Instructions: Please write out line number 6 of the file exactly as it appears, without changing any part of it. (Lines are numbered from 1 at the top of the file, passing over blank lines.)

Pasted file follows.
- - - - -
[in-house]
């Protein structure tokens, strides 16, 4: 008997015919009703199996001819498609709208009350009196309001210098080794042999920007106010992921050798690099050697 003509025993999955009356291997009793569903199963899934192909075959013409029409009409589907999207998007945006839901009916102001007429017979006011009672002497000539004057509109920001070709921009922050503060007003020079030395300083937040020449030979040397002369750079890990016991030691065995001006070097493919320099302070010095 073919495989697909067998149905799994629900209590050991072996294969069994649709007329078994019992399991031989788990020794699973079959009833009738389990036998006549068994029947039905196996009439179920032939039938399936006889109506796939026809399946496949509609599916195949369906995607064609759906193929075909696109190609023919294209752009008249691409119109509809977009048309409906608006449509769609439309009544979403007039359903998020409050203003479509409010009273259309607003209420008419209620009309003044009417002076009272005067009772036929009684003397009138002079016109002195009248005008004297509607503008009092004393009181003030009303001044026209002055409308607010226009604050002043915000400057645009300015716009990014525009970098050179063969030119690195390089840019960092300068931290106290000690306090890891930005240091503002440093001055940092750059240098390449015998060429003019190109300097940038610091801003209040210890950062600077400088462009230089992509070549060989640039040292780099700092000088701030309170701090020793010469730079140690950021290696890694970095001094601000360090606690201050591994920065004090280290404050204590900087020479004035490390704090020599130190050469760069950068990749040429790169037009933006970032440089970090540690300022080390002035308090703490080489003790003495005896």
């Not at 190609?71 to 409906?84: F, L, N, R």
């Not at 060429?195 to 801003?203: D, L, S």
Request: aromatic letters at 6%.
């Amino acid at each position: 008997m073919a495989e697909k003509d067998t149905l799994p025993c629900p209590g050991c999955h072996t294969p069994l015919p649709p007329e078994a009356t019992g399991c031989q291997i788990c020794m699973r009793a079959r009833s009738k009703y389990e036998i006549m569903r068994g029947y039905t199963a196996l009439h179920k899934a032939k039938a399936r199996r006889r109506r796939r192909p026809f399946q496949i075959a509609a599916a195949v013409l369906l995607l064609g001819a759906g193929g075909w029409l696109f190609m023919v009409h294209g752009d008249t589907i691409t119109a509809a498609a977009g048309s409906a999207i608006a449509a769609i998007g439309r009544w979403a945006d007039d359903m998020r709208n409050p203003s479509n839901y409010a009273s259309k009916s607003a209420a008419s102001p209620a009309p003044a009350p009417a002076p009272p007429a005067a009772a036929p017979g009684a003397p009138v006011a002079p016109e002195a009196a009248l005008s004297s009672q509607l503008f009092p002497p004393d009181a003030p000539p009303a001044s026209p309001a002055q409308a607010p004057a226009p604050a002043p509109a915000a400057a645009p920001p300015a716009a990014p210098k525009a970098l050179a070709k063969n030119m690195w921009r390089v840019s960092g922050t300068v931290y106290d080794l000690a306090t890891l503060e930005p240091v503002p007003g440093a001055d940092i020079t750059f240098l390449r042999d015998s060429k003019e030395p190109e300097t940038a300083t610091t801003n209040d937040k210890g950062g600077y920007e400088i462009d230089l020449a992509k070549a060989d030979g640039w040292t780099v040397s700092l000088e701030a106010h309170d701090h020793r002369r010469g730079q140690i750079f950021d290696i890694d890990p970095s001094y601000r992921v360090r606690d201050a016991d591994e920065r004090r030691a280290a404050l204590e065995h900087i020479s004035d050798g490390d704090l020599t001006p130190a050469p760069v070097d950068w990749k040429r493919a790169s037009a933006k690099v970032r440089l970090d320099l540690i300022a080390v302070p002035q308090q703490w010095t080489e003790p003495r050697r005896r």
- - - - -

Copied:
């Amino acid at each position: 008997m073919a495989e697909k003509d067998t149905l799994p025993c629900p209590g050991c999955h072996t294969p069994l015919p649709p007329e078994a009356t019992g399991c031989q291997i788990c020794m699973r009793a079959r009833s009738k009703y389990e036998i006549m569903r068994g029947y039905t199963a196996l009439h179920k899934a032939k039938a399936r199996r006889r109506r796939r192909p026809f399946q496949i075959a509609a599916a195949v013409l369906l995607l064609g001819a759906g193929g075909w029409l696109f190609m023919v009409h294209g752009d008249t589907i691409t119109a509809a498609a977009g048309s409906a999207i608006a449509a769609i998007g439309r009544w979403a945006d007039d359903m998020r709208n409050p203003s479509n839901y409010a009273s259309k009916s607003a209420a008419s102001p209620a009309p003044a009350p009417a002076p009272p007429a005067a009772a036929p017979g009684a003397p009138v006011a002079p016109e002195a009196a009248l005008s004297s009672q509607l503008f009092p002497p004393d009181a003030p000539p009303a001044s026209p309001a002055q409308a607010p004057a226009p604050a002043p509109a915000a400057a645009p920001p300015a716009a990014p210098k525009a970098l050179a070709k063969n030119m690195w921009r390089v840019s960092g922050t300068v931290y106290d080794l000690a306090t890891l503060e930005p240091v503002p007003g440093a001055d940092i020079t750059f240098l390449r042999d015998s060429k003019e030395p190109e300097t940038a300083t610091t801003n209040d937040k210890g950062g600077y920007e400088i462009d230089l020449a992509k070549a060989d030979g640039w040292t780099v040397s700092l000088e701030a106010h309170d701090h020793r002369r010469g730079q140690i750079f950021d290696i890694d890990p970095s001094y601000r992921v360090r606690d201050a016991d591994e920065r004090r030691a280290a404050l204590e065995h900087i020479s004035d050798g490390d704090l020599t001006p130190a050469p760069v070097d950068w990749k040429r493919a790169s037009a933006k690099v970032r440089l970090d320099l540690i300022a080390v302070p002035q308090q703490w010095t080489e003790p003495r050697r005896r």